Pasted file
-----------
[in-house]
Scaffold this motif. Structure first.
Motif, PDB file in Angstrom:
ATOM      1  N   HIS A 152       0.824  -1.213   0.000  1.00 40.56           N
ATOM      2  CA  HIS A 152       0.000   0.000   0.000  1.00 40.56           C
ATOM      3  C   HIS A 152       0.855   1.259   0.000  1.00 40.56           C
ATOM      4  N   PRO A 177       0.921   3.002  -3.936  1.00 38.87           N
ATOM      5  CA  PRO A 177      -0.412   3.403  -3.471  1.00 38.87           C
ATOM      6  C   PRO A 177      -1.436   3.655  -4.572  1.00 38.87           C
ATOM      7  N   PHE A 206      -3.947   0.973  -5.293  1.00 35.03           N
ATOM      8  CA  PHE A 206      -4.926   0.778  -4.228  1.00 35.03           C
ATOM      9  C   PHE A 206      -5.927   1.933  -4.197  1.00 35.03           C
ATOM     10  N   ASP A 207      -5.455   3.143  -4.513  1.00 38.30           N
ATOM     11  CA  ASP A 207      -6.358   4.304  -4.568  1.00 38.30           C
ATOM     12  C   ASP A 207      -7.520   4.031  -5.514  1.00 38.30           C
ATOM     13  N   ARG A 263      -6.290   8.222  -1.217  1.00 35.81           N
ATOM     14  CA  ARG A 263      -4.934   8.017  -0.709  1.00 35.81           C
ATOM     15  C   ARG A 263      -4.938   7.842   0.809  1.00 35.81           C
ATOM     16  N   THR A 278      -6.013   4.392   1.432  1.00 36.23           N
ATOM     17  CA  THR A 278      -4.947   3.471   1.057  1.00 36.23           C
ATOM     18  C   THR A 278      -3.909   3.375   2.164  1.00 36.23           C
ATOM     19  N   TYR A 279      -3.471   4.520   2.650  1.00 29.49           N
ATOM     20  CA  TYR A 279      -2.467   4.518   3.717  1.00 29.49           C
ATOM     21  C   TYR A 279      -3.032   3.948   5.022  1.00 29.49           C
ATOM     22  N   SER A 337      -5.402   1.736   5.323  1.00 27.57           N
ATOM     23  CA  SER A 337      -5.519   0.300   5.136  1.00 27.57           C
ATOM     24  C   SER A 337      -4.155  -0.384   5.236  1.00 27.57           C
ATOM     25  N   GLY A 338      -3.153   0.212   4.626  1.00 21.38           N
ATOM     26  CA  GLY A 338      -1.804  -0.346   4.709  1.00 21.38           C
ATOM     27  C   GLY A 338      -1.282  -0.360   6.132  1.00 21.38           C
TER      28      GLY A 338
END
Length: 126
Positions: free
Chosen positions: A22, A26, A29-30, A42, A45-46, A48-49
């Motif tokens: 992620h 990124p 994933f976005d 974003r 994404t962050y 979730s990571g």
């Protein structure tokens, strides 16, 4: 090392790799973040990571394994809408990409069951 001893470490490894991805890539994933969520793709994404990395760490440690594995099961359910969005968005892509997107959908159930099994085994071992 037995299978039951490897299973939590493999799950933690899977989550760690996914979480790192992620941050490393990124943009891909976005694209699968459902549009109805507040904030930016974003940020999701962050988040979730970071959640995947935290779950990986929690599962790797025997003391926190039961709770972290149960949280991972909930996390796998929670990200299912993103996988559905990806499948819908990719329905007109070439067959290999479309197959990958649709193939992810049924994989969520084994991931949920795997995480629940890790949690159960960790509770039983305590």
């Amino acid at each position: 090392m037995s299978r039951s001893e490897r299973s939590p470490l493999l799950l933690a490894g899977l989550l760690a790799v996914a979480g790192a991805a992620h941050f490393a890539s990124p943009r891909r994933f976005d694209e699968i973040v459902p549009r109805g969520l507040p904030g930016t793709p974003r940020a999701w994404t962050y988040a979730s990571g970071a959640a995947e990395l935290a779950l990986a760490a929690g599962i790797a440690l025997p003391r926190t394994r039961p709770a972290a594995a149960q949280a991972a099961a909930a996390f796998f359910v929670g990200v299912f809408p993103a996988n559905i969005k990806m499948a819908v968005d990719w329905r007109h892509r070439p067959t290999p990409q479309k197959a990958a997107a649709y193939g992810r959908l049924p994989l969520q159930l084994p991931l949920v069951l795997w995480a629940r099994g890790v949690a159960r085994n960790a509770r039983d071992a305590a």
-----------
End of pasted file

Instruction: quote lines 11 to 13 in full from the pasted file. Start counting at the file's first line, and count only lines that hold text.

ATOM      8  CA  PHE A 206      -4.926   0.778  -4.228  1.00 35.03           C
ATOM      9  C   PHE A 206      -5.927   1.933  -4.197  1.00 35.03           C
ATOM     10  N   ASP A 207      -5.455   3.143  -4.513  1.00 38.30           N